What was the composition of blacking mixture for a wood-burning iron cook stove? I noticed some working museums don’t polish their wood-burning stoves, probably a weekly activity in a Victorian home. What do you think they could use today? …from Google books, at least 10 old formulas. From one of these we should be able to extract a healthy modern-day polish for antique stoves…. List was found in The Scientific American Cyclopedia of Receipts, Notes and Queries, edited by Albert Allis Hopkin, page 7. If you’d like to purchase an antique wood-burning stove, see local suppliers around the country, or shop eBay for a
Blacking; and Polishes for Stoves.— Graphite (often misnamed black-lead) is the foundation ingredient in a stove polish. Lampblack is frequently added to deepen the color, but the latter form of carbon is of course more readily burned off than the former.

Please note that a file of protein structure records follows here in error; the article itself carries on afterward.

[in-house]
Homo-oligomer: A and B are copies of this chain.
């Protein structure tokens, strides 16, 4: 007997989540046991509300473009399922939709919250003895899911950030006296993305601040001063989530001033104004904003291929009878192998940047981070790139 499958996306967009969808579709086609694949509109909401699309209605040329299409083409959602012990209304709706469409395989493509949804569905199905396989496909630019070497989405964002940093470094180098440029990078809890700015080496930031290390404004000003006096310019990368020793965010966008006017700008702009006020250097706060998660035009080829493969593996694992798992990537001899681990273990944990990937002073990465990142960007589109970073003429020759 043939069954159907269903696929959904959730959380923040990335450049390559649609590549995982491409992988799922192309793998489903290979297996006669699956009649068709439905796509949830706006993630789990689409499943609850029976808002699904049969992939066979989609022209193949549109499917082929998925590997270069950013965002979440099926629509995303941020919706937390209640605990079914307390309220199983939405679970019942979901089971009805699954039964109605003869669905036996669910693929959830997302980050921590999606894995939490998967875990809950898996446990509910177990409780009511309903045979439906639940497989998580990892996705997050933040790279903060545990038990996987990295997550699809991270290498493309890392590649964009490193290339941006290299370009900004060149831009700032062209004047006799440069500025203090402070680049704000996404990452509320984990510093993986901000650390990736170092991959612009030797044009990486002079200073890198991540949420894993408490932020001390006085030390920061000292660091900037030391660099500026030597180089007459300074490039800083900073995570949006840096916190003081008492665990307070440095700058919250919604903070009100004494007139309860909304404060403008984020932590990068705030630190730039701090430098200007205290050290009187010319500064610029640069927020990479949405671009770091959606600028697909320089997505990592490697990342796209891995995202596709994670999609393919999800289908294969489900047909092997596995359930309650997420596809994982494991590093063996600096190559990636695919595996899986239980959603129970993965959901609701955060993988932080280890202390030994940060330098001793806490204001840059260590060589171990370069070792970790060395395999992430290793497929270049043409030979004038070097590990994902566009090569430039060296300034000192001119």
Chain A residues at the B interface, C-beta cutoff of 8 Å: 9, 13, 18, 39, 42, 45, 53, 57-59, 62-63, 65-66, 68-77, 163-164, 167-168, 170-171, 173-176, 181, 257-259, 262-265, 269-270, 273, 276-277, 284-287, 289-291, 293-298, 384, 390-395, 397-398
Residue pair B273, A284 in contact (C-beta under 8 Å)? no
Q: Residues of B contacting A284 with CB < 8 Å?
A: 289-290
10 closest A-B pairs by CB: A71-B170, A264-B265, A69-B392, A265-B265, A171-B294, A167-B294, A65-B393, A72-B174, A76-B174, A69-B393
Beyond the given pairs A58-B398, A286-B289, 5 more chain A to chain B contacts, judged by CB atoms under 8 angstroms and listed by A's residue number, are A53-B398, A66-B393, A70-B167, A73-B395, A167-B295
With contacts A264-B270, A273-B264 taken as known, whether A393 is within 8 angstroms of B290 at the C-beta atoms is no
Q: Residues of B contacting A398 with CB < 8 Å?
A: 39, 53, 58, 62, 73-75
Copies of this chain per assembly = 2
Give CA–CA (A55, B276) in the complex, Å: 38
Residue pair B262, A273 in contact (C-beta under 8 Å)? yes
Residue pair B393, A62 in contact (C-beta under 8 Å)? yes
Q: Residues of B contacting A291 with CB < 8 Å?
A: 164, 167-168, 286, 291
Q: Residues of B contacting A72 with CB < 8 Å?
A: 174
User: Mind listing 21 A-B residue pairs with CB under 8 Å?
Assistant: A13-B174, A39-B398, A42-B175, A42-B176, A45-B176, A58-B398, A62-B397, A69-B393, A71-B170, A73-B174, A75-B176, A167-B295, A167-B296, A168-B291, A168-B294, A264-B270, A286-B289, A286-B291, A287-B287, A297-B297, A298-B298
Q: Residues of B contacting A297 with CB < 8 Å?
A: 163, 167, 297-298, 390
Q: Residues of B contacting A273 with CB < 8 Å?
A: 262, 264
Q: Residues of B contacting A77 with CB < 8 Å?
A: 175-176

The powder variety of stove polish is merely purified and ground graphite, with or without the addition of lampblack, which is applied to the stove by being first mixed with a little water.
The paste is made by the addition of glycerine or paraffine oil to the powder.